The Thin Blue Line: How Humanitarianism Went to War
The idea that we should "do something" to help those suffering in far-off places is the main impulse driving those who care about human rights. Yet from Kosovo to Iraq, military interventions have gone disastrously wrong.
In this groundbreaking new book, Conor Foley explores how the doctrine of humanitarian intervention has been used to allow states to invade other nations in the name of human rights. Drawing on his own experience of working in over a dozen conflict and post-conflict zones, Foley shows how the growing influence of international law has been used to override the sovereignty of the poorest countries in the world.
The Thin Blue Line describes how in the last twenty years humanitarianism has emerged as a multibillion dollar industry that has played a leading role in defining humanitarian crises, and shaping the foreign policy of Western governments and the United Nations. Yet, too often, this has been informed by myths and assumptions that rest on an ill-informed post-imperial arrogance. Movements set up to show solidarity with the powerless and dispossessed have ended up betraying them instead.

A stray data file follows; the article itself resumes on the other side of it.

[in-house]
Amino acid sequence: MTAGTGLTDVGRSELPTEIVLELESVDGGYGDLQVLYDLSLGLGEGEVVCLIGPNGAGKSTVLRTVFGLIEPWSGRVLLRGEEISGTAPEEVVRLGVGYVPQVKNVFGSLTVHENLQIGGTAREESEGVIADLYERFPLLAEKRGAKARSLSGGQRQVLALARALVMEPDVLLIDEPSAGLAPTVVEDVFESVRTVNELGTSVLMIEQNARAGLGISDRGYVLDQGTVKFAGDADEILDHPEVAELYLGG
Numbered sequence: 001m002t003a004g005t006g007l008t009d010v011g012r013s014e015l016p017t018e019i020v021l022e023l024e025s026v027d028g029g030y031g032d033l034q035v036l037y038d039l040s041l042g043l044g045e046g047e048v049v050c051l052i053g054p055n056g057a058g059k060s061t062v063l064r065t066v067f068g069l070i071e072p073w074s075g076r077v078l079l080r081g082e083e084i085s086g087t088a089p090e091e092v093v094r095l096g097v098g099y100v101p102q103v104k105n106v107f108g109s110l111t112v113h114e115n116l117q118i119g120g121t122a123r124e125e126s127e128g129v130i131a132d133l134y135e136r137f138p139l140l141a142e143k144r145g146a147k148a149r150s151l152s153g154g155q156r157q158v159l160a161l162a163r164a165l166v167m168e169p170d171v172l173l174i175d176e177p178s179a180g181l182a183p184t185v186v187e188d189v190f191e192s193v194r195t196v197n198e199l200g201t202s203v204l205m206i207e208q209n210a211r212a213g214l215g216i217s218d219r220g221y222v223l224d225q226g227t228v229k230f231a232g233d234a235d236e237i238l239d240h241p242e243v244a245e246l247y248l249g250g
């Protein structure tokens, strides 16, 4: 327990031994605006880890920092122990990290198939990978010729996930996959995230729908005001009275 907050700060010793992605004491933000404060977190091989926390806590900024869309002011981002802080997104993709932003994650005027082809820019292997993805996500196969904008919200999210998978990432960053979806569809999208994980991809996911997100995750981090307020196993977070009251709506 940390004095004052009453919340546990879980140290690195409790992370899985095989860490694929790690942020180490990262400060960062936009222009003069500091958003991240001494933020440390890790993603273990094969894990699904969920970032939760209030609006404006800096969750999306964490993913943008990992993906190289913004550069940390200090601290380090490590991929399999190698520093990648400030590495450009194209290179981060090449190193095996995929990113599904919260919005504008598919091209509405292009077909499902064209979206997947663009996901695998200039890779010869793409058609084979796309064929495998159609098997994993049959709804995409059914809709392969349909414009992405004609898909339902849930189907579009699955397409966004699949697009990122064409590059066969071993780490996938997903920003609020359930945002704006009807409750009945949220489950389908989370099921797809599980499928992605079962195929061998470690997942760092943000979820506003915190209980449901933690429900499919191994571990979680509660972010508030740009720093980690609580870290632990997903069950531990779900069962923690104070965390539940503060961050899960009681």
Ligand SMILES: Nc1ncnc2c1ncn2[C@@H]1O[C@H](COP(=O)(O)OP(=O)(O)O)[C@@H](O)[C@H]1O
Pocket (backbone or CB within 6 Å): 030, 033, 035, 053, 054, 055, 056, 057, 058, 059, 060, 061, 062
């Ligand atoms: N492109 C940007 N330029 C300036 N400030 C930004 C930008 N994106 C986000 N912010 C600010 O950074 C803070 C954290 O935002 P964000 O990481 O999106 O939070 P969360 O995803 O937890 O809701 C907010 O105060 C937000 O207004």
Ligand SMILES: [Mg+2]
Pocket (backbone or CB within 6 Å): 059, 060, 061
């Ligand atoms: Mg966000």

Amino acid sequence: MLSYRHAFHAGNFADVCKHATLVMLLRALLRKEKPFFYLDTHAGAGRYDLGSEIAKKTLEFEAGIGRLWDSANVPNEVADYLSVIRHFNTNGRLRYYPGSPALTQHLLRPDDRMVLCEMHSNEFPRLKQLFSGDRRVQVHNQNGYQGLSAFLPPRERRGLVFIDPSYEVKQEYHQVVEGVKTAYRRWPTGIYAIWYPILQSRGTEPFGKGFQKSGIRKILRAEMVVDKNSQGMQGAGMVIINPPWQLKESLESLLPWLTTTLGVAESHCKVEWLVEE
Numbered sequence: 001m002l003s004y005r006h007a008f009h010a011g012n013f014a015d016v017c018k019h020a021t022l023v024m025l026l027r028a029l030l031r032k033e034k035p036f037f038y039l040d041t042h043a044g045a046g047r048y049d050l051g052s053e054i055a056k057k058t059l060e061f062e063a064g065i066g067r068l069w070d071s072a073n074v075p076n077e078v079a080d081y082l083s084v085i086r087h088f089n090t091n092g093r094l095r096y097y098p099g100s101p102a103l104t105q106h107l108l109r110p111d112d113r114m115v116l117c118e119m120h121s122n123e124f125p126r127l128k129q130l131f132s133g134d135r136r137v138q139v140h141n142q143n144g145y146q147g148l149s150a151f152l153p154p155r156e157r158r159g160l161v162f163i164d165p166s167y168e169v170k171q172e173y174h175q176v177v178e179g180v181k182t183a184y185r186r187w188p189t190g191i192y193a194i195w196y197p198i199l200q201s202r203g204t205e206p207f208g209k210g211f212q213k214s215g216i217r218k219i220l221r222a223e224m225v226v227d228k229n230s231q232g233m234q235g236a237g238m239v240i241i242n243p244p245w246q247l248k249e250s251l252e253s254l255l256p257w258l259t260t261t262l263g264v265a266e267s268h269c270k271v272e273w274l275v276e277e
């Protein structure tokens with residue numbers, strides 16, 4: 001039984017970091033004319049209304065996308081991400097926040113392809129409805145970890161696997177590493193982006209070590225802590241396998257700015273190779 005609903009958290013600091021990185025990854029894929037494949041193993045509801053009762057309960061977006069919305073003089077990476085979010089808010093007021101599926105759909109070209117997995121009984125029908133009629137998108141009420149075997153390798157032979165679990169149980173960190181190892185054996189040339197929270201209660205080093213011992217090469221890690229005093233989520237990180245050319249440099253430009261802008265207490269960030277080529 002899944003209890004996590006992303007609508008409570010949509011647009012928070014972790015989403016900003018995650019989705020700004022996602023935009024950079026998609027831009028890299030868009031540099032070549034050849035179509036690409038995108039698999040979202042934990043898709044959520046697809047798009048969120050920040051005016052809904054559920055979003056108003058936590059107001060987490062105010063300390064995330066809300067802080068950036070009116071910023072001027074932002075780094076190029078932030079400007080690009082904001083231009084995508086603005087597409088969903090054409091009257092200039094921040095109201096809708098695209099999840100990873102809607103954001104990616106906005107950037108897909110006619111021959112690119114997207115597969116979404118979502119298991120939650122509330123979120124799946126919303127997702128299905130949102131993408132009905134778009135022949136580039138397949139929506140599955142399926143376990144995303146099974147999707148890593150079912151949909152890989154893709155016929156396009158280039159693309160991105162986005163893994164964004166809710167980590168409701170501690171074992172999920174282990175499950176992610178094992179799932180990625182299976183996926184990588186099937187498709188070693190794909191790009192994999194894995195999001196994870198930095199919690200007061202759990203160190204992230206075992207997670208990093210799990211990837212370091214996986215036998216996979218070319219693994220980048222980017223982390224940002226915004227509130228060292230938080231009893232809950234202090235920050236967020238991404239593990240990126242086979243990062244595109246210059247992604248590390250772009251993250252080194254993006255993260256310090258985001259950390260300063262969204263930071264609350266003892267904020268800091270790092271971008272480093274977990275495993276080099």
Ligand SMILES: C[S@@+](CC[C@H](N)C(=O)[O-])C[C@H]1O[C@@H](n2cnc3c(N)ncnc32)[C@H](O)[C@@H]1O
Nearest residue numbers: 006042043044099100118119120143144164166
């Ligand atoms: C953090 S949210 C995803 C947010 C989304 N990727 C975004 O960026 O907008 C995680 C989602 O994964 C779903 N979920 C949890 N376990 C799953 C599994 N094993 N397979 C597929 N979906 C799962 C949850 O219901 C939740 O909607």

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The thin blue line between ‘humanitarianism’ and war
Conor Foley’s account of how human rights violations became a justification for launching wars reminds us of the need for a political critique of interventionism. Unfortunately, this isn’t it.
Conor Foley has been a humanitarian aid worker in over a dozen conflict zones, including Kosovo, Afghanistan and northern Uganda. His latest book traces the development of the doctrine of humanitarian intervention and how it’s been used to justify the use of force by powerful states. It’s called The Thin Blue Line: How Humanitarianism Went to War. [includes rush transcript]
Human Rights and Humanitarians
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